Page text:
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The Pamphlet Collection of Sir Robert Stout: Volume 86

Tribute v. Earnings

Tribute v. Earnings.

Whoever wishes to get a clear idea of the industrial problem must begin by realising thoroughly the fundamental difference between Tribute and Earnings. This is the key to the whole question.

Society consists of two classes :

1. The class that lives by producing goods, or rendering active service of some sort; that is by work, the reward for which, called fees in the case of professional men, profit in the case of employers, salary or wages in the case of subordinate workers, may be summed page 4 up in the word earnings. And 2. The class which neither produce goods nor actively earns anything, but lives on the earnings of others, having acquired possession of something, land or money which it has no present intention of using itself, but which is necessary to other people and which it charges them for the mere permission to use. These two charges, Rent and Interest, we express together by the term Tribute.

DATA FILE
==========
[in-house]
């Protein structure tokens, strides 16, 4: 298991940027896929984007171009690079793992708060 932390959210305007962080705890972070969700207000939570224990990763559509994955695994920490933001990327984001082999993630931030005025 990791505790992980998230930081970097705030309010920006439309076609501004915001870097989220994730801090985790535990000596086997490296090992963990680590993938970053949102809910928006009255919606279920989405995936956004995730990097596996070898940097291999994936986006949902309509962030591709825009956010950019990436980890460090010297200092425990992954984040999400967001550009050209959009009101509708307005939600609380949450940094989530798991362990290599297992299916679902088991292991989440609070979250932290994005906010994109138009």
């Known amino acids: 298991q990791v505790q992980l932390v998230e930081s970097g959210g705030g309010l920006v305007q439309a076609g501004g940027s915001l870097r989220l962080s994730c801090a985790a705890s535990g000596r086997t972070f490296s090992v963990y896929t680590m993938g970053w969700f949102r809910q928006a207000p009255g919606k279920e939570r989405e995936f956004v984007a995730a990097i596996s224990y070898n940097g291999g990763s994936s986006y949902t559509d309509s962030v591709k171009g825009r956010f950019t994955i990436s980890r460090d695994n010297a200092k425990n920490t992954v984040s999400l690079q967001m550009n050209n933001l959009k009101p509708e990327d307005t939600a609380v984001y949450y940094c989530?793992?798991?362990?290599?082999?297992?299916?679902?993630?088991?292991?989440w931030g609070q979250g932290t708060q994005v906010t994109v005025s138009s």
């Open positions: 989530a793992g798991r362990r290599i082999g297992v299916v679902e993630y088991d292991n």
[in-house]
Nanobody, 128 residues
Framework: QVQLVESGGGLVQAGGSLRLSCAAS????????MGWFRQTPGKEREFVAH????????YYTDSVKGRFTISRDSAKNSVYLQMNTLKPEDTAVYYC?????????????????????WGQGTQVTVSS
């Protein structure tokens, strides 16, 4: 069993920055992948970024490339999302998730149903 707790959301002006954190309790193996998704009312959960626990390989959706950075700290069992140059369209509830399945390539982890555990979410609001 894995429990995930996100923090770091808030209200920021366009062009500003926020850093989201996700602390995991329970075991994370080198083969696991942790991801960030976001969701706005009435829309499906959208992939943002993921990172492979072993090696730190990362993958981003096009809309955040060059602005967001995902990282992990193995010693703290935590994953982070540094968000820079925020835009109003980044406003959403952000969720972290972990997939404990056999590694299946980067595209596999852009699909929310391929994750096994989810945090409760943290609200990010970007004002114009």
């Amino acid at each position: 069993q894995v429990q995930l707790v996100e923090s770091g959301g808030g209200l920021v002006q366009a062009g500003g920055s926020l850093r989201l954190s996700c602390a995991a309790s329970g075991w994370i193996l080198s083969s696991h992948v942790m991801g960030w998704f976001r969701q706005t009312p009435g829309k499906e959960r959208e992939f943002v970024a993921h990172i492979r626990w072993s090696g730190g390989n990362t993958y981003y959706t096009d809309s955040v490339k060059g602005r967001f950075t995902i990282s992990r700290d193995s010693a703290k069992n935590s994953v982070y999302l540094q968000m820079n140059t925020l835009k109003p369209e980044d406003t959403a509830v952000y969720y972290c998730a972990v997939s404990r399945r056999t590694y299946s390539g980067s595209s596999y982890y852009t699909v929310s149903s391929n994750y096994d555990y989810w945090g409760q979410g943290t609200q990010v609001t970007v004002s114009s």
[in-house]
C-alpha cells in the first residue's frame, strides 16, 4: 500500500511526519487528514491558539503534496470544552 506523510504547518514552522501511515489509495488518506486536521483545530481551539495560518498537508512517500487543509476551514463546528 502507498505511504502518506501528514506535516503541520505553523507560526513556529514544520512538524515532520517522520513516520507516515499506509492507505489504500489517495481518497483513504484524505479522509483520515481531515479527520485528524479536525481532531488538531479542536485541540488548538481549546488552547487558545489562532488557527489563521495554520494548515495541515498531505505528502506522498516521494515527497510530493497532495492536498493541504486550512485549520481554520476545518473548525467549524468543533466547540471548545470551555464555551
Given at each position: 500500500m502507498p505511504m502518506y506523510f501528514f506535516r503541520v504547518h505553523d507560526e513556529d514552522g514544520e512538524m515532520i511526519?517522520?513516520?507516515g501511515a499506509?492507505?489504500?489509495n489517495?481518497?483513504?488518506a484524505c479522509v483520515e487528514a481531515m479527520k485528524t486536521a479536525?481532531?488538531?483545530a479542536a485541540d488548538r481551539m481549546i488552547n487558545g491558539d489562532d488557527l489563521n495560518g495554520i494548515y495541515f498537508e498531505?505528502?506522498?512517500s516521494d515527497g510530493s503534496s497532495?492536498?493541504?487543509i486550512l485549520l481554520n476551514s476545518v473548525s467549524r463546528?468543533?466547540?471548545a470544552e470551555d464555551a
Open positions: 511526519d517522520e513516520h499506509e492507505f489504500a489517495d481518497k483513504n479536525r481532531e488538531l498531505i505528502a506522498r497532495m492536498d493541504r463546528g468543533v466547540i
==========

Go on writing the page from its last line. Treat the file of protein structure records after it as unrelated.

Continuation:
No doubt there are persons who, while doing nothing to earn their income, yet do other work, often very valuable work, gratuitously; of such are scientific men like Darwin, statesmen, like scores who could be named, and so on. And there are others who enjoy two distinct incomes, one from Tribute, which they do not earn, and one from useful work, which they do earn, so that the two classes appear superficially to merge into each other.

For all that, the two kinds of income remain perfectly distinct Tribute (Rent and Interest) accrues all the same, whether the claimant works or plays; whether he is well or ill; even whether he is alive or dead; for the claim once established is immortal, and continues (unless the landlord is bought out, or the creditor paid off) from heir to heir, from generation to generation.

Once land is let, or money lent, the day of tribute comes round with unfailing regularity. The tenant's crop may fail, the borrower's enterprise may break down, but the tribute comes due all the same.

The system may be just or unjust, beneficial or injurious; we are not here concerned with the ethics of the matter, but with the facts only.

Grasp well before proceeding further this fundamental difference between Tribute and Earnings, and realise that everybody's income is resolvable into one or the other.

We shall express the class that lives on tribute by the letter T, and the class that lives by work by the letter W.